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<p>I'm not sure....personally I feel my child (7) is too young. We still co-sleep, she's afraid of the dark, etc.  She's only ever slept at home or with her grandma.  But it seems like kids even younger (5, 6) are having sleepovers. One child is planning a sleepover for her birthday (five girls).  I just don't like this idea at all....I can't imagine her settling down to sleep at a half decent hour. </p>
 

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<p>It's a very personal decision - when you and she are ready.  My DD started going on sleepovers when she was about 6.5 - some of her friends did sleepovers before then but I wasn't ready.  It depends on the friends and the environment as to whether she sleeps well, but DD usually does.  She has almost never been a mess the next day - I usually was because we'd stay up way too late! At our house I have them in bed around 9, so they get a  reasonable night's sleep.  </p>
 

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<p>Oh and there are definitely a number of girls in DD's class who still don't do sleepovers at age 7. </p>
 

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<p>My DS is not really old enough for this issue, but it's come up in general conversation with other mothers and I just thought to weigh in.  I would say, there's a real difference between a sleepover with a close friend that has frequent play dates and a reasonably strong relationship with the friend's parent(s), versus a sleepover party-style with 5+ kids.</p>
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<p>Even if your DD is still cosleeping... I don't think that 7 is to young for a sleepover with one close girl friend whose parents she knows and has a healthy relationship with. I DO think it's way to young to be in a room full of 5+ 7yo in a house where she might not know the parents so well and be overwhelmed by the amount of other kiddos. And have to sleep in a sleeping bag by herself when she's not used to that at all.</p>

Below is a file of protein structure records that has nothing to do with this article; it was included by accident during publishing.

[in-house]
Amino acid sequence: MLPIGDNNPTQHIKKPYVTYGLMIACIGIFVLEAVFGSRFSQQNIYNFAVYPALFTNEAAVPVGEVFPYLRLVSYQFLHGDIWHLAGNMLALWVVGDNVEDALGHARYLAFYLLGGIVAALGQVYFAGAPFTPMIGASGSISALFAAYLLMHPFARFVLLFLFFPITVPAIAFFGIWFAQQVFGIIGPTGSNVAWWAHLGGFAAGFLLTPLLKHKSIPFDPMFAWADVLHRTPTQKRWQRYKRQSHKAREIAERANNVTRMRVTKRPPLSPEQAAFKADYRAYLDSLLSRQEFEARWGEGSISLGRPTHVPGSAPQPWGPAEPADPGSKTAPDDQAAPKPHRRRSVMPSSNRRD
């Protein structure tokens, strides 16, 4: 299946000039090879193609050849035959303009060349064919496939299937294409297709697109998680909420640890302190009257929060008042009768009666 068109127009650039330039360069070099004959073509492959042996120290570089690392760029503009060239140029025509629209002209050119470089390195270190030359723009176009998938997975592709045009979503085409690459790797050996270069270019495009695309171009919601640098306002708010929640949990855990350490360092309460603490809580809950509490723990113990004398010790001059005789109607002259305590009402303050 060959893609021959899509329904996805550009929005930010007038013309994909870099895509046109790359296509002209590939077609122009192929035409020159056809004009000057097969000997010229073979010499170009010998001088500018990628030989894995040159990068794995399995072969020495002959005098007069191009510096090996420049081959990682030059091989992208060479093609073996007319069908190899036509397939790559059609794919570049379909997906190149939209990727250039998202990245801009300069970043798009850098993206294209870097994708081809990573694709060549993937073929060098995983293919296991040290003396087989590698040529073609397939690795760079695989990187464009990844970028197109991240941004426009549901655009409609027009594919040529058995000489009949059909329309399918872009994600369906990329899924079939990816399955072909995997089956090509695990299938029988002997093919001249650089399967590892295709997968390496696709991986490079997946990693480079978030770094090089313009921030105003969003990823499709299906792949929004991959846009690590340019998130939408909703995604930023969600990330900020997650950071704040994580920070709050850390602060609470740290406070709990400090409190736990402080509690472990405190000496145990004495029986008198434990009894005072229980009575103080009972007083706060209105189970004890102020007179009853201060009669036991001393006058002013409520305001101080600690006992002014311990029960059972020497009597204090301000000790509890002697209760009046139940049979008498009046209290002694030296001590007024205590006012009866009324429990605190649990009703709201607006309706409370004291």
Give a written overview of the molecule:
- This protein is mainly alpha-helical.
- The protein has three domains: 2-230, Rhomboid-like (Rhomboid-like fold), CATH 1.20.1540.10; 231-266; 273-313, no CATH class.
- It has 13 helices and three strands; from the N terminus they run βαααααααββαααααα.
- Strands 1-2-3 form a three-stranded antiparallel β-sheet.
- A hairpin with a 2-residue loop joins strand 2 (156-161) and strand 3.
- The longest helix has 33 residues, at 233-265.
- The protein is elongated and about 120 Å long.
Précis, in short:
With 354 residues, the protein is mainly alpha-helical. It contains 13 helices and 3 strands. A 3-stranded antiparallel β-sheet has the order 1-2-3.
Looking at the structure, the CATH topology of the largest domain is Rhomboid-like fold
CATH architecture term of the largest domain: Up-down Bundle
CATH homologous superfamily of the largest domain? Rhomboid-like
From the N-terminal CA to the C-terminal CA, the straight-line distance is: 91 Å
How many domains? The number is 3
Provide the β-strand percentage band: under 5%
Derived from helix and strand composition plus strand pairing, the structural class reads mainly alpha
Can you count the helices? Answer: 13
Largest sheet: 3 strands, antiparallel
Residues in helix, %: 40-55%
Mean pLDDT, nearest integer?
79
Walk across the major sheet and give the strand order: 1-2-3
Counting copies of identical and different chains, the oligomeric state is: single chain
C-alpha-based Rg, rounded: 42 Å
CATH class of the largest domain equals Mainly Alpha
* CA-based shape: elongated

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<p>For example, when I was quite young (5-6ish?) I slept over at my best friend Stephanie's house, and she at mine. Steph and I were friends in *preschool* and had playdates all the time and by the time we were having frequent sleepovers, a) each of the other girls parents knew each other pretty well and b) the children knew the other girls parents really well.</p>
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<p>So for one thing, our parents trusted each other to feed a semi-nutritious meal, have decent bedtime, etc. Also as in, if I had a nightmare at her house, I was totally okay stumbling into Pat and Wanda's room and whining about whatever scared me, and they would get up and calm me, etc. I think I only had to go home one time, when I was really upset about something and ended up being sick, or something like that.</p>
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<p>Also on the cosleeping thing, Steph and I shared the guest bed during sleepovers, at my house and hers. So if your DD has a relationship with a close friend, sleeping in the bed with the friend (which I take to be quite normal and age appropriate at 7) might mitigate the cosleeping concern that you have, which is totally valid. Coming from parents who didn't cosleep, I remember really valuing the sense of closeness with Steph. I think she finally got a trundle bed when we were pre-teens, but we spent years sleeping in the same bed together for sleepovers.</p>